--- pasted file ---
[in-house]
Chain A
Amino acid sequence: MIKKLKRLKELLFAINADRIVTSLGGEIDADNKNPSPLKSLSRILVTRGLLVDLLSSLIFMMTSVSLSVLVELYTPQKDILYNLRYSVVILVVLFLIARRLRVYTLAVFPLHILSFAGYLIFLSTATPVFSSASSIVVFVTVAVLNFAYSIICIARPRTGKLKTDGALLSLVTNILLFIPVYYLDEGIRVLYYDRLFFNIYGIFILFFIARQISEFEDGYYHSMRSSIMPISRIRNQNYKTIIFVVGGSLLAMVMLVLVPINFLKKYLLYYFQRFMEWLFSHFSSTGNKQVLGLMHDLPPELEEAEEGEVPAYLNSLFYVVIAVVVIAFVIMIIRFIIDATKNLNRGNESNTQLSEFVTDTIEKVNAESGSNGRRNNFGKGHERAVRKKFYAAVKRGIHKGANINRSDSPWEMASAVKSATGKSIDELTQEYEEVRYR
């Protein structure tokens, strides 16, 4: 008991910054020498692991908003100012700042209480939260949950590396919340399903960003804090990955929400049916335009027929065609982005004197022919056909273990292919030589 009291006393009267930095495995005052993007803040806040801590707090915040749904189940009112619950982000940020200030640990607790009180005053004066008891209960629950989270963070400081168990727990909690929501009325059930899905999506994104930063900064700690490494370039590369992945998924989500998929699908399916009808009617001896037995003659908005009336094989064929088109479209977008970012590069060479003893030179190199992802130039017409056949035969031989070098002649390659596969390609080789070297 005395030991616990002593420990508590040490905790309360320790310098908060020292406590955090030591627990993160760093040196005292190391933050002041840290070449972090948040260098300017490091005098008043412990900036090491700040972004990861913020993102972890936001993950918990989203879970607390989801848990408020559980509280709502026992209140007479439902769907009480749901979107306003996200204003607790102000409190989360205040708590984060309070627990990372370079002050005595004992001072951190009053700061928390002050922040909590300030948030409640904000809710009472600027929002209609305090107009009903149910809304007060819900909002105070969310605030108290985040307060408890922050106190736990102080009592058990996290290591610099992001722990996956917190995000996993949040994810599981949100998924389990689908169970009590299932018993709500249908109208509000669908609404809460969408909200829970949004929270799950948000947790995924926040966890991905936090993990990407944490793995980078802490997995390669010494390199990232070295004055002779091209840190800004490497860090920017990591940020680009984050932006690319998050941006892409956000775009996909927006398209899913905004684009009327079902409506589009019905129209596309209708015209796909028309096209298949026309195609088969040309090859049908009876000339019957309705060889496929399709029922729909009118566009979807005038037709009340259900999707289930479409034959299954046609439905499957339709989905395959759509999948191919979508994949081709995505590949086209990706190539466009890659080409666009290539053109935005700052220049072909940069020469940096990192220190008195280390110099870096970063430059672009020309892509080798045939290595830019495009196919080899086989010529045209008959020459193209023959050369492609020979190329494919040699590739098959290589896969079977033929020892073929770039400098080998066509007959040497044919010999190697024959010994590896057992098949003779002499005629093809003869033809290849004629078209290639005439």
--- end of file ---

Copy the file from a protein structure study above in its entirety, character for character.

[in-house]
Chain A
Amino acid sequence: MIKKLKRLKELLFAINADRIVTSLGGEIDADNKNPSPLKSLSRILVTRGLLVDLLSSLIFMMTSVSLSVLVELYTPQKDILYNLRYSVVILVVLFLIARRLRVYTLAVFPLHILSFAGYLIFLSTATPVFSSASSIVVFVTVAVLNFAYSIICIARPRTGKLKTDGALLSLVTNILLFIPVYYLDEGIRVLYYDRLFFNIYGIFILFFIARQISEFEDGYYHSMRSSIMPISRIRNQNYKTIIFVVGGSLLAMVMLVLVPINFLKKYLLYYFQRFMEWLFSHFSSTGNKQVLGLMHDLPPELEEAEEGEVPAYLNSLFYVVIAVVVIAFVIMIIRFIIDATKNLNRGNESNTQLSEFVTDTIEKVNAESGSNGRRNNFGKGHERAVRKKFYAAVKRGIHKGANINRSDSPWEMASAVKSATGKSIDELTQEYEEVRYR
């Protein structure tokens, strides 16, 4: 008991910054020498692991908003100012700042209480939260949950590396919340399903960003804090990955929400049916335009027929065609982005004197022919056909273990292919030589 009291006393009267930095495995005052993007803040806040801590707090915040749904189940009112619950982000940020200030640990607790009180005053004066008891209960629950989270963070400081168990727990909690929501009325059930899905999506994104930063900064700690490494370039590369992945998924989500998929699908399916009808009617001896037995003659908005009336094989064929088109479209977008970012590069060479003893030179190199992802130039017409056949035969031989070098002649390659596969390609080789070297 005395030991616990002593420990508590040490905790309360320790310098908060020292406590955090030591627990993160760093040196005292190391933050002041840290070449972090948040260098300017490091005098008043412990900036090491700040972004990861913020993102972890936001993950918990989203879970607390989801848990408020559980509280709502026992209140007479439902769907009480749901979107306003996200204003607790102000409190989360205040708590984060309070627990990372370079002050005595004992001072951190009053700061928390002050922040909590300030948030409640904000809710009472600027929002209609305090107009009903149910809304007060819900909002105070969310605030108290985040307060408890922050106190736990102080009592058990996290290591610099992001722990996956917190995000996993949040994810599981949100998924389990689908169970009590299932018993709500249908109208509000669908609404809460969408909200829970949004929270799950948000947790995924926040966890991905936090993990990407944490793995980078802490997995390669010494390199990232070295004055002779091209840190800004490497860090920017990591940020680009984050932006690319998050941006892409956000775009996909927006398209899913905004684009009327079902409506589009019905129209596309209708015209796909028309096209298949026309195609088969040309090859049908009876000339019957309705060889496929399709029922729909009118566009979807005038037709009340259900999707289930479409034959299954046609439905499957339709989905395959759509999948191919979508994949081709995505590949086209990706190539466009890659080409666009290539053109935005700052220049072909940069020469940096990192220190008195280390110099870096970063430059672009020309892509080798045939290595830019495009196919080899086989010529045209008959020459193209023959050369492609020979190329494919040699590739098959290589896969079977033929020892073929770039400098080998066509007959040497044919010999190697024959010994590896057992098949003779002499005629093809003869033809290849004629078209290639005439």